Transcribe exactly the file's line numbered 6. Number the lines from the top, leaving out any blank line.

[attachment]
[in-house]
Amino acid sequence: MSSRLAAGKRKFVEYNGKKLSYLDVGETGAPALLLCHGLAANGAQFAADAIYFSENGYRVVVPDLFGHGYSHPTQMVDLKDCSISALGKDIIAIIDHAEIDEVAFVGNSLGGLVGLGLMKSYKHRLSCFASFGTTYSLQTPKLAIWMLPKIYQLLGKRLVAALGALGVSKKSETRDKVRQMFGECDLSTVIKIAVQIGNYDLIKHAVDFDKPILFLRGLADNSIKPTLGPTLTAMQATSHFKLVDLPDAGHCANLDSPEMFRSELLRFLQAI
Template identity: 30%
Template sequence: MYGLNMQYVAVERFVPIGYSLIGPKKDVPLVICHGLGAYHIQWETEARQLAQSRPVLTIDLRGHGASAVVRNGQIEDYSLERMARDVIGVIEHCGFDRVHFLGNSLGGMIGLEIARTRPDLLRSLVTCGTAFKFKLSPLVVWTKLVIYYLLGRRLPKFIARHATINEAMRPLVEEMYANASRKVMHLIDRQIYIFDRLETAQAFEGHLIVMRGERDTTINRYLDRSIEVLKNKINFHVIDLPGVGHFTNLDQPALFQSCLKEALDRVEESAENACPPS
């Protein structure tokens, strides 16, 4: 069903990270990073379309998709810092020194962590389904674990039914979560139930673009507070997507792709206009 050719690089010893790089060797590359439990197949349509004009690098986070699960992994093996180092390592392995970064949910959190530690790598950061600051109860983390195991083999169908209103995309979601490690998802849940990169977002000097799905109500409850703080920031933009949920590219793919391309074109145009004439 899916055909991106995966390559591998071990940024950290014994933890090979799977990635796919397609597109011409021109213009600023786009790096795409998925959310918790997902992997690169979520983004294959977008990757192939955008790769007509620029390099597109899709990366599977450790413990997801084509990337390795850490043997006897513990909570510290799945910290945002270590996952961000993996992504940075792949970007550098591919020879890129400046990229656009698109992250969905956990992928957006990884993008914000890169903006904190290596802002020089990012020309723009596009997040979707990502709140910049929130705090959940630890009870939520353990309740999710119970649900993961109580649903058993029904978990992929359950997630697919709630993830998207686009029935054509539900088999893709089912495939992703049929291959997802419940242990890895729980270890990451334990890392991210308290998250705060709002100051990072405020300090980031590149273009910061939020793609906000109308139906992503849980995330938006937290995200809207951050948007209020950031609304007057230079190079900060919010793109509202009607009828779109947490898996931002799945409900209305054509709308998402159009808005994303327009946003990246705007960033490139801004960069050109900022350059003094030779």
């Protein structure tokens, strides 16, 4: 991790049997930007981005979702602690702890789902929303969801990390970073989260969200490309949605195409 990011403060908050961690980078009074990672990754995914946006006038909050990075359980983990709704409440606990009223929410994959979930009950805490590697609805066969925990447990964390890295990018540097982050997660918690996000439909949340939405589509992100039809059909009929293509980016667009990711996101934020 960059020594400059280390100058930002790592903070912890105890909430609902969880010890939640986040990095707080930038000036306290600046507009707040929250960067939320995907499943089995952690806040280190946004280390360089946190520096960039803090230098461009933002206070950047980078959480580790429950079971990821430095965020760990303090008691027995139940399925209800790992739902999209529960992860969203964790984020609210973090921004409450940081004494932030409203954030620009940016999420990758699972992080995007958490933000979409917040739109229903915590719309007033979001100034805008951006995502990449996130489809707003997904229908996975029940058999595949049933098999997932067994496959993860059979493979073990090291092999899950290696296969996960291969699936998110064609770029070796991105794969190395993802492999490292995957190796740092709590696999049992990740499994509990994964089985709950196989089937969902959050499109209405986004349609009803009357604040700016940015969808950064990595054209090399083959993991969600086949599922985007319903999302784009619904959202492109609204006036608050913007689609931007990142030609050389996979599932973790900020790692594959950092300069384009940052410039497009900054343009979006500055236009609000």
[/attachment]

């Protein structure tokens, strides 16, 4: 991790049997930007981005979702602690702890789902929303969801990390970073989260969200490309949605195409 990011403060908050961690980078009074990672990754995914946006006038909050990075359980983990709704409440606990009223929410994959979930009950805490590697609805066969925990447990964390890295990018540097982050997660918690996000439909949340939405589509992100039809059909009929293509980016667009990711996101934020 960059020594400059280390100058930002790592903070912890105890909430609902969880010890939640986040990095707080930038000036306290600046507009707040929250960067939320995907499943089995952690806040280190946004280390360089946190520096960039803090230098461009933002206070950047980078959480580790429950079971990821430095965020760990303090008691027995139940399925209800790992739902999209529960992860969203964790984020609210973090921004409450940081004494932030409203954030620009940016999420990758699972992080995007958490933000979409917040739109229903915590719309007033979001100034805008951006995502990449996130489809707003997904229908996975029940058999595949049933098999997932067994496959993860059979493979073990090291092999899950290696296969996960291969699936998110064609770029070796991105794969190395993802492999490292995957190796740092709590696999049992990740499994509990994964089985709950196989089937969902959050499109209405986004349609009803009357604040700016940015969808950064990595054209090399083959993991969600086949599922985007319903999302784009619904959202492109609204006036608050913007689609931007990142030609050389996979599932973790900020790692594959950092300069384009940052410039497009900054343009979006500055236009609000």